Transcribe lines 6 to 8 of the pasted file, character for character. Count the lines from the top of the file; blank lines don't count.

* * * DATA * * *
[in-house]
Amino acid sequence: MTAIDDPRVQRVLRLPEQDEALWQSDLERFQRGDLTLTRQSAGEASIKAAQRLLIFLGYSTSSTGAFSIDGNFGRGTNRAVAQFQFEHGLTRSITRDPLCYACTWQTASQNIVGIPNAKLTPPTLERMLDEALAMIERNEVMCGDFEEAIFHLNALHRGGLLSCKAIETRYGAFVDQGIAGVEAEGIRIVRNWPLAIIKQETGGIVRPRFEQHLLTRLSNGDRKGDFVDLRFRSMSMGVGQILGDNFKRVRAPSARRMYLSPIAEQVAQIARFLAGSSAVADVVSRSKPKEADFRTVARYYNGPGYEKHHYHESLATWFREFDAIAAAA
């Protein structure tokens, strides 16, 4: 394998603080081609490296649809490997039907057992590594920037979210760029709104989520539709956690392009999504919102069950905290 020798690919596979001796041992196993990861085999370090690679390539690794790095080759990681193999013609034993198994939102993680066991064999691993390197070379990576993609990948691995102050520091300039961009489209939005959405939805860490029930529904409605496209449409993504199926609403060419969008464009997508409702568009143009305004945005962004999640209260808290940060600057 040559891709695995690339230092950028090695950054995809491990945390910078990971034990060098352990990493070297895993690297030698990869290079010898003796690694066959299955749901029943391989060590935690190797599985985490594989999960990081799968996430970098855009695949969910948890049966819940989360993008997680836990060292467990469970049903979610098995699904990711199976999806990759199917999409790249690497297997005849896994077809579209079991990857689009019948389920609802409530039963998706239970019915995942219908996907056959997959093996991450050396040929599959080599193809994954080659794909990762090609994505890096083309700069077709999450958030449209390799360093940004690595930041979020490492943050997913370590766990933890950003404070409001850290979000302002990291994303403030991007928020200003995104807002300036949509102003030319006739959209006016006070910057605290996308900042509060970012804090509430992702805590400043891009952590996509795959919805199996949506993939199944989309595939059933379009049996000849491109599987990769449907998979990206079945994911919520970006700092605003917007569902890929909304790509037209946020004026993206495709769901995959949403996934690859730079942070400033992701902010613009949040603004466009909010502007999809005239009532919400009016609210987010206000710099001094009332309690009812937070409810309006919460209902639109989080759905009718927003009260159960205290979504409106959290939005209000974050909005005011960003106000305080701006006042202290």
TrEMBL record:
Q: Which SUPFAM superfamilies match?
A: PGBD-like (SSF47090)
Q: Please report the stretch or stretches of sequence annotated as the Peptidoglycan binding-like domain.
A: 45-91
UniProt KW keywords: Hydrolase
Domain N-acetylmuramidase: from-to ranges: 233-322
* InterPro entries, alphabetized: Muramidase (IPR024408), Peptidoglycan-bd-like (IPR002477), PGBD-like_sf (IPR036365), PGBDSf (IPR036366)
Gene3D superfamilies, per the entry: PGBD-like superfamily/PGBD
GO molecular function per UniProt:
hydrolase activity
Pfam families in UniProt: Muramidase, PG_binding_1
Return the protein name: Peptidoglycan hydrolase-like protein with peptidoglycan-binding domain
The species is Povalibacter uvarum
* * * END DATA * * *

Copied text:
A: PGBD-like (SSF47090)
Q: Please report the stretch or stretches of sequence annotated as the Peptidoglycan binding-like domain.
A: 45-91